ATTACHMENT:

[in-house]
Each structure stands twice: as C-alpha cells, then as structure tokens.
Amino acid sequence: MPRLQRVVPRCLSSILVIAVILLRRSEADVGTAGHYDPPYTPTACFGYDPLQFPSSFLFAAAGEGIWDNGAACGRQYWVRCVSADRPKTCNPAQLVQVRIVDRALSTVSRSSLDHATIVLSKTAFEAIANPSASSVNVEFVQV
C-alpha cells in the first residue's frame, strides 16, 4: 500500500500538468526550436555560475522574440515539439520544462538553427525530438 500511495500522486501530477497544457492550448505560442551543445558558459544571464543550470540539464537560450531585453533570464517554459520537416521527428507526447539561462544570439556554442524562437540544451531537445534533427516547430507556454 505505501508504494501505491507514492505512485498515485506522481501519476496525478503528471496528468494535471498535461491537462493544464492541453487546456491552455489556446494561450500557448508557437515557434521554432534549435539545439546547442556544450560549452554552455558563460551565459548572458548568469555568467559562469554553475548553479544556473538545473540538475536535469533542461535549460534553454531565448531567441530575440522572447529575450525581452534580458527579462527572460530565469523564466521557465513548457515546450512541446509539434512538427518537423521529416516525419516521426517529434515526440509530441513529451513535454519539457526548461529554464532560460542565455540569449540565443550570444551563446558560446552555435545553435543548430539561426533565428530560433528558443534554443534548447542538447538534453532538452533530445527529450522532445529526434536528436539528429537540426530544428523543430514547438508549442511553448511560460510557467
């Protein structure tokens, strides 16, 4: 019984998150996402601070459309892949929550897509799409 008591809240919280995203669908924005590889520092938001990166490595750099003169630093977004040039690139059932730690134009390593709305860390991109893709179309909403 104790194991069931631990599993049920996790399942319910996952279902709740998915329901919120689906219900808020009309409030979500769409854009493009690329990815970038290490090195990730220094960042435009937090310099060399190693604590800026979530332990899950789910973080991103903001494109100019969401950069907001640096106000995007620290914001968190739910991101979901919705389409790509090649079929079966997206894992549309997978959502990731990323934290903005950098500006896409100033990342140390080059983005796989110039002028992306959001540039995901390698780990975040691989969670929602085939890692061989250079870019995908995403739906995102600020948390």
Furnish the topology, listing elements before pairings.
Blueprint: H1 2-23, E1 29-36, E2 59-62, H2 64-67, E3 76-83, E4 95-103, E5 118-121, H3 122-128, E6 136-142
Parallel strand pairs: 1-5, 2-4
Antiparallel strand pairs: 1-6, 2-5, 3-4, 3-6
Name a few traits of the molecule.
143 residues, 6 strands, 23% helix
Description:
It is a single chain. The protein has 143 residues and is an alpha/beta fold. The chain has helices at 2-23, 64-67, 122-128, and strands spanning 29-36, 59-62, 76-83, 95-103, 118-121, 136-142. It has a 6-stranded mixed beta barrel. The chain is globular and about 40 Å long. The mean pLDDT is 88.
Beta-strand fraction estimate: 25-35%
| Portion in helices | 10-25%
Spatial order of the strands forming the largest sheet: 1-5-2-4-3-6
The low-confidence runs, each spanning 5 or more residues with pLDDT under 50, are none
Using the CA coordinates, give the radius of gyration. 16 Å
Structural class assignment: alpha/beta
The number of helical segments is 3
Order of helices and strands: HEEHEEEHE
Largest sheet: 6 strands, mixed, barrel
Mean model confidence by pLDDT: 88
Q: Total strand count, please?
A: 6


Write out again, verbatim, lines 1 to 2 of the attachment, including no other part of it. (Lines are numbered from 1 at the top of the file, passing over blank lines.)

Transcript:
[in-house]
Each structure stands twice: as C-alpha cells, then as structure tokens.